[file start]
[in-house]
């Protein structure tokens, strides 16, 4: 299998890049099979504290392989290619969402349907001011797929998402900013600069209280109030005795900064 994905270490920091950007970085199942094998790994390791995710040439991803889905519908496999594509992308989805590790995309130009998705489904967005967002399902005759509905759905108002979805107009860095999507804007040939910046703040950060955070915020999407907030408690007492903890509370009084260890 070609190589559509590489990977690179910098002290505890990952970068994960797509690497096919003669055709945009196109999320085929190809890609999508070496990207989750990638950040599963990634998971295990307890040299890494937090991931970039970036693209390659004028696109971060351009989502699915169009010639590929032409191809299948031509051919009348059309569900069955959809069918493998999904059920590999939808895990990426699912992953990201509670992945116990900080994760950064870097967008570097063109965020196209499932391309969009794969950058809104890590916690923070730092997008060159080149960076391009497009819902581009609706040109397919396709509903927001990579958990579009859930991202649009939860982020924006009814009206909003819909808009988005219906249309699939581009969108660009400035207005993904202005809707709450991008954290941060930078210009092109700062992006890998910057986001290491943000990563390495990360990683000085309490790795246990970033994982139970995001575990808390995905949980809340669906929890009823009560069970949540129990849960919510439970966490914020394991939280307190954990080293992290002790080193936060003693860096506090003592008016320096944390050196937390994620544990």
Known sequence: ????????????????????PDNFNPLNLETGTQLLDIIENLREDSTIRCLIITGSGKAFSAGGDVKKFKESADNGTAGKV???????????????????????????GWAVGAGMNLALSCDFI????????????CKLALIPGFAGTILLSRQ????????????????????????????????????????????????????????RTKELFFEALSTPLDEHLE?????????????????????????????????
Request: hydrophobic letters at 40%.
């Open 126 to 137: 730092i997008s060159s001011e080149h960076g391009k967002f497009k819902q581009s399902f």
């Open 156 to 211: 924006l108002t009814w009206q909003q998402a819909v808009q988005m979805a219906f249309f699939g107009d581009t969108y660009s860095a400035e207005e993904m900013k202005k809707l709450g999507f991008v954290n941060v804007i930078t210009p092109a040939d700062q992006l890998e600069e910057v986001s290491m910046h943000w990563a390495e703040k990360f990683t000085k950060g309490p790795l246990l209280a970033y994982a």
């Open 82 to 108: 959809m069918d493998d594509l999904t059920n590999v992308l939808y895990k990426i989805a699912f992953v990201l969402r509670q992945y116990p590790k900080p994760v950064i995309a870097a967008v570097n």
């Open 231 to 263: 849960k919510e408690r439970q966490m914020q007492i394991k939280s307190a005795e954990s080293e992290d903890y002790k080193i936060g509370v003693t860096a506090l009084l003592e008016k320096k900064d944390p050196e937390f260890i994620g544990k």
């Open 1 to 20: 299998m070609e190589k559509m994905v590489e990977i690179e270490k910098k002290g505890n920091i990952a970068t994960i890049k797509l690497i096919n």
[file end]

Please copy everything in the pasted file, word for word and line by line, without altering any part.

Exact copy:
[in-house]
């Protein structure tokens, strides 16, 4: 299998890049099979504290392989290619969402349907001011797929998402900013600069209280109030005795900064 994905270490920091950007970085199942094998790994390791995710040439991803889905519908496999594509992308989805590790995309130009998705489904967005967002399902005759509905759905108002979805107009860095999507804007040939910046703040950060955070915020999407907030408690007492903890509370009084260890 070609190589559509590489990977690179910098002290505890990952970068994960797509690497096919003669055709945009196109999320085929190809890609999508070496990207989750990638950040599963990634998971295990307890040299890494937090991931970039970036693209390659004028696109971060351009989502699915169009010639590929032409191809299948031509051919009348059309569900069955959809069918493998999904059920590999939808895990990426699912992953990201509670992945116990900080994760950064870097967008570097063109965020196209499932391309969009794969950058809104890590916690923070730092997008060159080149960076391009497009819902581009609706040109397919396709509903927001990579958990579009859930991202649009939860982020924006009814009206909003819909808009988005219906249309699939581009969108660009400035207005993904202005809707709450991008954290941060930078210009092109700062992006890998910057986001290491943000990563390495990360990683000085309490790795246990970033994982139970995001575990808390995905949980809340669906929890009823009560069970949540129990849960919510439970966490914020394991939280307190954990080293992290002790080193936060003693860096506090003592008016320096944390050196937390994620544990």
Known sequence: ????????????????????PDNFNPLNLETGTQLLDIIENLREDSTIRCLIITGSGKAFSAGGDVKKFKESADNGTAGKV???????????????????????????GWAVGAGMNLALSCDFI????????????CKLALIPGFAGTILLSRQ????????????????????????????????????????????????????????RTKELFFEALSTPLDEHLE?????????????????????????????????
Request: hydrophobic letters at 40%.
């Open 126 to 137: 730092i997008s060159s001011e080149h960076g391009k967002f497009k819902q581009s399902f």
């Open 156 to 211: 924006l108002t009814w009206q909003q998402a819909v808009q988005m979805a219906f249309f699939g107009d581009t969108y660009s860095a400035e207005e993904m900013k202005k809707l709450g999507f991008v954290n941060v804007i930078t210009p092109a040939d700062q992006l890998e600069e910057v986001s290491m910046h943000w990563a390495e703040k990360f990683t000085k950060g309490p790795l246990l209280a970033y994982a």
């Open 82 to 108: 959809m069918d493998d594509l999904t059920n590999v992308l939808y895990k990426i989805a699912f992953v990201l969402r509670q992945y116990p590790k900080p994760v950064i995309a870097a967008v570097n």
């Open 231 to 263: 849960k919510e408690r439970q966490m914020q007492i394991k939280s307190a005795e954990s080293e992290d903890y002790k080193i936060g509370v003693t860096a506090l009084l003592e008016k320096k900064d944390p050196e937390f260890i994620g544990k």
């Open 1 to 20: 299998m070609e190589k559509m994905v590489e990977i690179e270490k910098k002290g505890n920091i990952a970068t994960i890049k797509l690497i096919n």